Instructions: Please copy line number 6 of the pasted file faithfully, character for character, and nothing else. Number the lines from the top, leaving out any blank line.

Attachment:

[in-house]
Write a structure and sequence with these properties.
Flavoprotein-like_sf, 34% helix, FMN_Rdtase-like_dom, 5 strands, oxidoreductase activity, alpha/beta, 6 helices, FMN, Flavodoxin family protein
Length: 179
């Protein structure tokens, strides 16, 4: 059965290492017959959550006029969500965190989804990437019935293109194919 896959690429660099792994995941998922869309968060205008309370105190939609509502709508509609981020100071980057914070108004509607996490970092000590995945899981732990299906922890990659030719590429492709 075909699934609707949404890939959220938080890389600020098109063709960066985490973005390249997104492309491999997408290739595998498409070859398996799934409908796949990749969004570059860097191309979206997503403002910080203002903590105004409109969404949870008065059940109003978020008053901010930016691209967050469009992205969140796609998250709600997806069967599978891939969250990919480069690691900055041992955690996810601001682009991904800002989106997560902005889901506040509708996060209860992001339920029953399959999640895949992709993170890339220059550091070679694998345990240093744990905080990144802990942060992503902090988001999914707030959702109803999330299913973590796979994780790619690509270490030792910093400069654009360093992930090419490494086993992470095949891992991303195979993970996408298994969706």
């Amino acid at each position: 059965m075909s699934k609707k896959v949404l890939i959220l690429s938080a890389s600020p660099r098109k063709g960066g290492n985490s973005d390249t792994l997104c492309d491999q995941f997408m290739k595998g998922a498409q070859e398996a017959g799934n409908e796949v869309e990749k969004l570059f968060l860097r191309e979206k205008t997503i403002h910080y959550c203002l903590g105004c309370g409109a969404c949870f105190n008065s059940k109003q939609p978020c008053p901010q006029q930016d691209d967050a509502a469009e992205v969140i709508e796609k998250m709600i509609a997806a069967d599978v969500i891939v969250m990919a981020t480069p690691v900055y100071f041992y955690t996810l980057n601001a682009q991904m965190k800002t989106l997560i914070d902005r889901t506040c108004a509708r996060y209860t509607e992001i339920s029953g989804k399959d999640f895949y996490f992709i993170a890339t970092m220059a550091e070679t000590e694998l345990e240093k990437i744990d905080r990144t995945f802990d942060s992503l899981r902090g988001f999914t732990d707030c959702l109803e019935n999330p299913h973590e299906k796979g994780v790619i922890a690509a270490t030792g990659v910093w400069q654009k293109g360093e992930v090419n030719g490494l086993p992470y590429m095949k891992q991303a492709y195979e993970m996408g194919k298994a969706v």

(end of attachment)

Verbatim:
């Amino acid at each position: 059965m075909s699934k609707k896959v949404l890939i959220l690429s938080a890389s600020p660099r098109k063709g960066g290492n985490s973005d390249t792994l997104c492309d491999q995941f997408m290739k595998g998922a498409q070859e398996a017959g799934n409908e796949v869309e990749k969004l570059f968060l860097r191309e979206k205008t997503i403002h910080y959550c203002l903590g105004c309370g409109a969404c949870f105190n008065s059940k109003q939609p978020c008053p901010q006029q930016d691209d967050a509502a469009e992205v969140i709508e796609k998250m709600i509609a997806a069967d599978v969500i891939v969250m990919a981020t480069p690691v900055y100071f041992y955690t996810l980057n601001a682009q991904m965190k800002t989106l997560i914070d902005r889901t506040c108004a509708r996060y209860t509607e992001i339920s029953g989804k399959d999640f895949y996490f992709i993170a890339t970092m220059a550091e070679t000590e694998l345990e240093k990437i744990d905080r990144t995945f802990d942060s992503l899981r902090g988001f999914t732990d707030c959702l109803e019935n999330p299913h973590e299906k796979g994780v790619i922890a690509a270490t030792g990659v910093w400069q654009k293109g360093e992930v090419n030719g490494l086993p992470y590429m095949k891992q991303a492709y195979e993970m996408g194919k298994a969706v």